While nearly everyone in south Florida has spent the past five years trying to forget the devastation wrought by Hurricane Andrew, there has been one insistent voice trying to ensure that they do not.
Given the severity of what still ranks as one of the nation's costliest natural disasters, you might expect that Charlie Danger's message would be better received. Instead, the head of the Dade County Building Code Compliance Office has himself been caught in a hurricane of controversy.
Like everyone else who sifted through the wreckage of places such as Homestead and Florida City, Danger came to the conclusion that shoddy construction standards and lax code enforcement contributed nearly as much to the severity of the disaster as Mother Nature's 155 mph winds did. Having taken the helm of the code enforcement office just months before disaster struck, it was Danger's job to blow the whistle on his own agency, which bore responsibility for code writing and enforcement in the first place.
By tightening the South Florida Building Code, the standard that applies to Dade County's 29 municipalities and to neighboring Broward County, the agency forced roofers and building contractors to follow strict guidelines and demanded hurricane-resistant designs for products ranging from siding to storm shutters. More roofing inspections were required. New single-story houses now must be built with concrete columns.
Manufacturers were not spared either. When Dade County imposed a stricter asphalt shingle testing standard, most manufacturers responded by pulling out of the local market. Danger held his ground, though, and in the end the shingle industry blinked and acceded to his wishes.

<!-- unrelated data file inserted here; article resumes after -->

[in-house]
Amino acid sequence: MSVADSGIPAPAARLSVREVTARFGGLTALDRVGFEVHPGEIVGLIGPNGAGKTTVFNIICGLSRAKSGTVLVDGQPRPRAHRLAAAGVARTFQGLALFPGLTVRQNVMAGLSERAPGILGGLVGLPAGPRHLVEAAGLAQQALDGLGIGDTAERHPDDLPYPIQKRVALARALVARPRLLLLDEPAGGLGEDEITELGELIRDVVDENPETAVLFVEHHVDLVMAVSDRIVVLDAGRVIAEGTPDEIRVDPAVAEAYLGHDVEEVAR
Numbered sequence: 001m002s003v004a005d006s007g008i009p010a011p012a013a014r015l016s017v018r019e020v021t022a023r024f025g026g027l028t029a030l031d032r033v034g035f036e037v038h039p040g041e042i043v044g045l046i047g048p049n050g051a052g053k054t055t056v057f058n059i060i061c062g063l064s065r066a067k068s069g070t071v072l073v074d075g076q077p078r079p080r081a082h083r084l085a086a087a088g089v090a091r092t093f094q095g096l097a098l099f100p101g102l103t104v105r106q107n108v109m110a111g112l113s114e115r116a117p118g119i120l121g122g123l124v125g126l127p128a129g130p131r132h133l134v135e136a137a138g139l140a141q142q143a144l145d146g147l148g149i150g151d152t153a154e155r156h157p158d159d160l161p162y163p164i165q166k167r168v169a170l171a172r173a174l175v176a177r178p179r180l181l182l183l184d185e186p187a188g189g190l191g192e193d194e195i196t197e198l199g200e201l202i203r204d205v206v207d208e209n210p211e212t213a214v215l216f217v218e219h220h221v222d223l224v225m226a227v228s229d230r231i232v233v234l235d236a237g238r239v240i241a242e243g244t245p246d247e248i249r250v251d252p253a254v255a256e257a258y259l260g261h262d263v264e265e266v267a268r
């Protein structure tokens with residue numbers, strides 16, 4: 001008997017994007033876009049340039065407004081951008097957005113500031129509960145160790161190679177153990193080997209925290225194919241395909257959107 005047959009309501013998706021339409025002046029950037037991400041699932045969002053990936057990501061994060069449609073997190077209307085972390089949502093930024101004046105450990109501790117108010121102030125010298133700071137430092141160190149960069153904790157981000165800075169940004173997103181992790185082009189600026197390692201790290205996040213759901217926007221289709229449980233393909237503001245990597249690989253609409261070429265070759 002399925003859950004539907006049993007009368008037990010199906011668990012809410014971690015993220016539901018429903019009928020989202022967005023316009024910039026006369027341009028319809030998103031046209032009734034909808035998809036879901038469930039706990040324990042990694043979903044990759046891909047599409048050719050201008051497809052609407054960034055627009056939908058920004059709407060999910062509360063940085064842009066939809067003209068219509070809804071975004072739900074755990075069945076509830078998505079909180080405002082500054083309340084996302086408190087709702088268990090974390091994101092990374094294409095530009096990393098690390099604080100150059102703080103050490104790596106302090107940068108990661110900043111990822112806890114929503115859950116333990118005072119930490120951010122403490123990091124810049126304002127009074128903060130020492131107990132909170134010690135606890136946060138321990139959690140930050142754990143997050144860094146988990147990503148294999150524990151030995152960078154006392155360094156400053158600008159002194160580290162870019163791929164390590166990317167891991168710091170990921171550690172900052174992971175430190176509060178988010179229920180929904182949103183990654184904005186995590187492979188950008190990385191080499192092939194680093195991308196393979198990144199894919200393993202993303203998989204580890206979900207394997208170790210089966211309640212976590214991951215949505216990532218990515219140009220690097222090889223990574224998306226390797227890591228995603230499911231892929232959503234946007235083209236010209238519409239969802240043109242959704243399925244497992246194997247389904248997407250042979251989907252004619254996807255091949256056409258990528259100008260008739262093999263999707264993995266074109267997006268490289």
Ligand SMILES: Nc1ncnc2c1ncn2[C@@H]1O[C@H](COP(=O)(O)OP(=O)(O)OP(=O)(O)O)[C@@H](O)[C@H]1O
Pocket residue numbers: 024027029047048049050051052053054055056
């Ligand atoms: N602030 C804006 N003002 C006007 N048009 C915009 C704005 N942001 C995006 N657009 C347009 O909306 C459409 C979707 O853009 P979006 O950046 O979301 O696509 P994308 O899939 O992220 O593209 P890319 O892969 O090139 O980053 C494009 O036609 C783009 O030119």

To homeowners and the insurance companies that have handled close to $16 billion in hurricane-related claims, Danger's enforcement activism comes as a breath of fresh air. Those forced to work within the strictures of the new code, however, portray Danger as a throttle on new construction who is single-handedly raising the cost of new homes. They contend that better enforcement is the answer, not more regulation.
Danger's opponents have not been shy in their attempts to oust him from his job or, at least limit the authority of his office. A 1996 county task force report recommended just that, proposing to revoke the code enforcement office's power to overrule municipal building officials and to order repairs or halt construction. While Danger dodged that bullet, his office was less successful this year in opposing a legislative end-run around local building codes that rolled back a requirement that construction sites have at least one journeyman plumber or electrician for every three unlicensed workers.
"We have been able to send a message across, but we have been less successful at having that message swallowed," says Danger. "Construction is booming, land is becoming scarce, so the code has not been a deterrent. People have to understand that they just have to build better buildings and better homes."
It is still unclear whether the state's powerful homebuilding lobby ultimately will swallow Danger's bitter medicine. Its concerns have sparked a wide-ranging review by a gubernatorial commission, with the goal of devising a uniform statewide code. The panel's report will go a long way toward deciding whether Danger's vision is ultimately accepted.
"Everything that has to do with construction becomes a political issue because it has to do with money," says Danger. "We have only done what we are supposed to do. And that is to make sure buildings have a good chance of withstanding another hurricane."
— Charles Mahtesian
Photo by Tom Salyer